TKF Flexible Schedules V 1.0:

It is typically assumed that most permanent office jobs will consist of a 40 hour Monday – Friday, work schedule.   However, since inception, The Kane Firm never accepted this premise as a ‘given’.  Our primary emphasis has been to bring on knowledgeable and dedicated public accountants.  Many of whom, as it turns out, benefit personally and professionally from a unique work schedule.

While, the schedule ultimately needs to work in concert with our business needs, The Kane Firm has accommodated almost every kind of schedule – from the standard full time schedule, to part time evening schedule, to semi-remote.

We were very proud of our flexible schedule options, but a problem began to emerge.





Employees hired with a flexible schedule had well outlined scheduled commitments that gave management clear guidelines to abide by when assigning work.  However, those hired with a full time ‘standard’ schedule did not have the same clearly outlined schedule.   Sometimes full time employees had to work more hours in order to meet deadlines. Now, the feature of flexible schedule that we lauded became a source of strife among our team.

So we took a step back and made some changes.


TKF Flexible Schedules V 2.0:

  1. All new employees, full time and part time, regular and flexible schedules, have committed hours documented in their offer letters.
  2. On an annual basis, we review committed hours with each employee.  We do not assume what worked last year will work this year.
  3. Flexibility within agreed upon schedules – Kids off from school this week and you need to work alternate hours? Doctor’s appointment? Worked all your hours by noon on Friday?  No problem! Kick off early! As long as you are meeting your hours and deliverables; when and where you get it done is up to you.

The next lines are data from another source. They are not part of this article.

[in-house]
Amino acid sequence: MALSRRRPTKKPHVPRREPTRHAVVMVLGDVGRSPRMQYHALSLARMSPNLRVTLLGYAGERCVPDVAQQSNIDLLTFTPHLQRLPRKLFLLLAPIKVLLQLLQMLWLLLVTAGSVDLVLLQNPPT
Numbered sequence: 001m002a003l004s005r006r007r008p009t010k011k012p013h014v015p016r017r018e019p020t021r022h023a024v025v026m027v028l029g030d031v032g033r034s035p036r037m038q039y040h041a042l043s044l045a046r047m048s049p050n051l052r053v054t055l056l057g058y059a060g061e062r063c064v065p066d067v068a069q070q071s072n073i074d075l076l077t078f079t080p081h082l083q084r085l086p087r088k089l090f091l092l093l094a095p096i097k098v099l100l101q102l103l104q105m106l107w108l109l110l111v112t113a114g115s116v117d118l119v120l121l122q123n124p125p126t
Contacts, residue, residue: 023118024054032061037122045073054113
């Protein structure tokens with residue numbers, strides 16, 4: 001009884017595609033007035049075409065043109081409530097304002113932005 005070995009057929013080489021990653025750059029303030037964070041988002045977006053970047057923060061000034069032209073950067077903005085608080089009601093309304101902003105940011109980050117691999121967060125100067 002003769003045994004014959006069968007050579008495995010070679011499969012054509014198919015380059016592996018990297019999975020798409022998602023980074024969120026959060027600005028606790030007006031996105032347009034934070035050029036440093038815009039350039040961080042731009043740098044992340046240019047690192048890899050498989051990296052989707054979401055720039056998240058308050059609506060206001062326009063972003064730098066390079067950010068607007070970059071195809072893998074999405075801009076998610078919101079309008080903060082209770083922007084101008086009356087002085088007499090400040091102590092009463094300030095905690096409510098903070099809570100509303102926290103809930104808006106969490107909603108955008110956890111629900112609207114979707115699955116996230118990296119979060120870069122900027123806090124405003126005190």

4. Change from a primarily push work assignment system to a pull system.  We will detail this in a separate blog. Among other benefits, the pull system allows employees to ensure they are not assigned more work than their schedule can accommodate.

Okay, problem solved, right?  Maybe everyone doesn’t work the same hours at the same times but everyone has the same option to define their hours and schedule. No one is being expected to work more than they signed up for. Everyone has the same flexibility within those agreements.

Except… by its very nature, public accounting is very much like a relay race.  At minimum, almost all deliverables undergo a peer or senior review process. At maximum, we combine expertise – financial accounting, tax preparation, industry specific knowledge, etc. – to complete a deliverable.  Of course, the client is often involved in providing information and final sign off. With all of this newly implemented flexibility, we started to drop batons because we did not time the hand offs well. The right people were not in the office at the same time and this caused confusion.  For instance, a client is going out of town and needs their tax return by tomorrow.  A question arises during review but the preparer left early for a doctor’s appointment. Now we are all scrambling to meet the deadline.